Greener Journal of Educational Research Vol. 4(2), pp. 041-051, April 2014
Manuscript Number: 111813974
The Pattern and Function of Vocalization and Gesture in Nigerian Mother-Infant Interaction
Esther N. Oluikpe
Senior Lecturer, Department of Arts Education, Faculty of Education, University of Nigeria, Nsukka.
Email: esther.oluikpe @ unn. edu. ng, ezoluikpe @ yahoo. com
The purpose of the study was to theorize on the ability of
illiterate but experienced Igbo mothers to detect with
accuracy infants’ social bids for appropriate care-giving.
The study involved a participatory observation of two
normal, full term infants, aged 0-3 months at different
periods of their birth, by their mother-researcher. The
social bids were food, sleep, comfort, and relief from pain.
The period of observation for each infant was two months.
The focus of observation was vocalization (distress and
non-distress cry) and gestures (body movements and
mouthing). The observations were recorded on daily basis in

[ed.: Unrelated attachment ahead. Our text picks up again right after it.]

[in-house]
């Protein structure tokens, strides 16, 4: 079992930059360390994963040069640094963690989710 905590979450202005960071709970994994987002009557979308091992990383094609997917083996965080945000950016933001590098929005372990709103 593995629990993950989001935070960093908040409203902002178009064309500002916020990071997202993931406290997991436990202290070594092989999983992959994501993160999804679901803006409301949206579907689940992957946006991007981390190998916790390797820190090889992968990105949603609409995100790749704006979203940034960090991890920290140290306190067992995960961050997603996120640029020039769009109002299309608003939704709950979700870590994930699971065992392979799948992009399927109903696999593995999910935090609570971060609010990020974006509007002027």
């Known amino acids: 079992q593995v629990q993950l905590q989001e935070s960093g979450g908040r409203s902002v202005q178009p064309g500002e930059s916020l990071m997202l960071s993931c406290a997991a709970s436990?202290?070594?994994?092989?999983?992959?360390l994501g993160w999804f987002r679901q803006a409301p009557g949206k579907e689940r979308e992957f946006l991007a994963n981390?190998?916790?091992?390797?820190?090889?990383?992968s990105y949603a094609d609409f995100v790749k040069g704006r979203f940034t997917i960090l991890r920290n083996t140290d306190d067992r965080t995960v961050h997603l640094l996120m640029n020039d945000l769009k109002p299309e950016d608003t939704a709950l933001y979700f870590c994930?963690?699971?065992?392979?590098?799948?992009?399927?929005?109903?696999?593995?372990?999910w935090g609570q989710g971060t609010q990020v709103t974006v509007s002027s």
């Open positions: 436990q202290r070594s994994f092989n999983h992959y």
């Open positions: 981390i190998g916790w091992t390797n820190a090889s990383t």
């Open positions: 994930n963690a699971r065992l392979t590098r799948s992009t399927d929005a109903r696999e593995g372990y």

a journal for each period of observation. They were analyzed
and compared to determine common features in the
vocalizations, formal parameters of gestures, meaning of
gestures, maternal response, and infants’ feedback. The
findings revealed that vocalization served as automatic
social arouser while the gestures encoded the social bids
which the mother interpreted to provide appropriate
care-giving. The study concluded that experienced but
illiterate Igbo mothers relied on their interpretation of
the formal parameters of the infants’ gestures to provide
appropriate care-giving during the prelinguistic stage of
the infant. Vocalization served as social arouser.
Keywords: Vocalization, gesture, infants, mothers, interaction.
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